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    These are all variants of the same old tired argument that religionists have been throwing at us since the Stone Age: "We haven't figured everything out yet, therefore the universe is so complicated that it must be the creation of a supernatural being."

    To say that a god created the universe merely begs the question. If there's something outside what we conventionally call the universe, then that merely means that we were wrong and the universe is bigger than we thought it was.

    Okay, so, for the sake of argument, for the moment we'll work with the hypothesis that there's a god out there. The obvious next question is: Where the fuck did HE come from?

    To say that "there must be an unmoved mover" or some such tripe is merely to be sophomoric and play with words. It's not science and it's not even philosophy. That means it must probably be religion.

    But to go back to your second absurdity: "If you, being the highly observant scientific human that you are, find a watch lying on the sidewalk, is it not natural to assume that somebody, somewhere, designed the watch?" I suppose that might be "natural" behavior for a lot of people, but that does not make it correct. Ignorant people make a lot of erroneous assumptions. For thousands of years, much of the universe appeared so overwhelmingly complicated that our ignorant ancestors felt that the only explanation for all of it had to be the existence of a creator. We have come a long way since then and have already reduced nature to a far more elegant and simple set of laws from which everything else is derived.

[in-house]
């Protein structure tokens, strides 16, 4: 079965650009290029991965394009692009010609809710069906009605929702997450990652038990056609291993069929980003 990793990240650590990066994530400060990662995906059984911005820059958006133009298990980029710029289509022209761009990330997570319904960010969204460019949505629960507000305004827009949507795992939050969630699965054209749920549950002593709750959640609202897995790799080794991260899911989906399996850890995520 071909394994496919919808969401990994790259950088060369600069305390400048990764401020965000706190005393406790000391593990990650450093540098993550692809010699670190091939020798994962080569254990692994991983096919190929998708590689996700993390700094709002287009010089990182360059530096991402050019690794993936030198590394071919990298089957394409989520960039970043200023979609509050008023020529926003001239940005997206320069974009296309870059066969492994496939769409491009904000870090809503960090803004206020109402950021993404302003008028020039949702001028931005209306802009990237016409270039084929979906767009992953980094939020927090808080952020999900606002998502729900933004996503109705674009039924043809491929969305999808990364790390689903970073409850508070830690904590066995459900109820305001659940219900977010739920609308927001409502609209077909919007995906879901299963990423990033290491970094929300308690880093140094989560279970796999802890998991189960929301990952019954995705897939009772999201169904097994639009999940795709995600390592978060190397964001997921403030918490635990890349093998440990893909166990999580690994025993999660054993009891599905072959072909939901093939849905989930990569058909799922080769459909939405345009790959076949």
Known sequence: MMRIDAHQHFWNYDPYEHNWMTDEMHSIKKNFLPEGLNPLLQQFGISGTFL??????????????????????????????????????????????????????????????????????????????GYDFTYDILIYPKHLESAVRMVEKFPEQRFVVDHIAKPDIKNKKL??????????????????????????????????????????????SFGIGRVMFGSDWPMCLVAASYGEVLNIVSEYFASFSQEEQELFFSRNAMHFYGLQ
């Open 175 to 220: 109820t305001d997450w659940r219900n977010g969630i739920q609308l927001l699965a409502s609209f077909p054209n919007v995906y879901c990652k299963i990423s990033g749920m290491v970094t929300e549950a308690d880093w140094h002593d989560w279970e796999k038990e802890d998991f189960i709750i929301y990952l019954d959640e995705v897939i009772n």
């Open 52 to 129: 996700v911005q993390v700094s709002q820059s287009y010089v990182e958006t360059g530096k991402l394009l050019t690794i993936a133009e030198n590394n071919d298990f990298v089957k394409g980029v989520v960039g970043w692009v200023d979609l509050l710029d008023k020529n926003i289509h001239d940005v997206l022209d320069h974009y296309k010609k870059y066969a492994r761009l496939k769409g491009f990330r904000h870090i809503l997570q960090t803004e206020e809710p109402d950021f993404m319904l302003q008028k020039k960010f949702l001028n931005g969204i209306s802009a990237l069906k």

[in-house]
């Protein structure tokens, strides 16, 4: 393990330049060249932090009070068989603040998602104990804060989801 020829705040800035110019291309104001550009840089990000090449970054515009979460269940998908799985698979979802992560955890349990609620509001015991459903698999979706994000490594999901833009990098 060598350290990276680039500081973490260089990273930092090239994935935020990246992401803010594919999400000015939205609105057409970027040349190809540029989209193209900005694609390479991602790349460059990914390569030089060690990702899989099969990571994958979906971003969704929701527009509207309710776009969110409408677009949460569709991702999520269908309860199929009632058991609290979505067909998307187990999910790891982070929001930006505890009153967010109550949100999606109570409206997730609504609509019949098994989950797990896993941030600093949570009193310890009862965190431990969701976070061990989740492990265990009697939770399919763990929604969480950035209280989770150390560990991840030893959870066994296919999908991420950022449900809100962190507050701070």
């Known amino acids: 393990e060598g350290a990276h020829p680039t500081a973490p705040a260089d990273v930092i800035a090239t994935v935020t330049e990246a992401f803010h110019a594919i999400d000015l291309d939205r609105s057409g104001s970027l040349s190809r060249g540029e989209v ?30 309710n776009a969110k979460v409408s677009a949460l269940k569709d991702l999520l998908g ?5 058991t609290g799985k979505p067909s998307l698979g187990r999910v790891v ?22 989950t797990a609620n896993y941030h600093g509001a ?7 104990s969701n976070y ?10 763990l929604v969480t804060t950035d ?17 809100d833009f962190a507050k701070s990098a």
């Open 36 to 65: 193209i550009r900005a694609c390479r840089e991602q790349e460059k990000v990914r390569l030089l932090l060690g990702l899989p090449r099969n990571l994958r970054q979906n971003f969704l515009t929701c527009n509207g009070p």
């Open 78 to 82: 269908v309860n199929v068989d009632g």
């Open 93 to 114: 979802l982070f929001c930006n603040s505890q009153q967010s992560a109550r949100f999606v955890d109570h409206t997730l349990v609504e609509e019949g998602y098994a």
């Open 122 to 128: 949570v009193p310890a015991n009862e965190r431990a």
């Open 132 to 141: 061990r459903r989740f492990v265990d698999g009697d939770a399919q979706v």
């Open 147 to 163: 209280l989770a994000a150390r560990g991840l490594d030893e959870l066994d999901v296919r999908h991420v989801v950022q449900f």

In any case, our ignorant ancestors conveniently ignored the obvious next question: Where the fuck did that equally complicated creator come from? If we "found him lying on the sidewalk," then "is it not natural behavior to assume that somebody, somewhere, designed" the creator? And so on ad infinitum. This is no answer, it's just a game parents play with their children when they want to hide the fact that they don't know the answers to all of their questions. Eventually we stop being children and we recognize this behavior when we see it, and tell those who practice it to stop.

    STOP!

    Humans are inquisitive by nature, and we want answers. If you don't know an answer, that's okay. We'll just keep looking. We certainly haven't got all the answers yet, particularly when it comes to the origin of the universe, or even whether the universe has an origin or simply just IS. But don't make up some preposterous bullshit to hide the fact that you haven't got the answer either.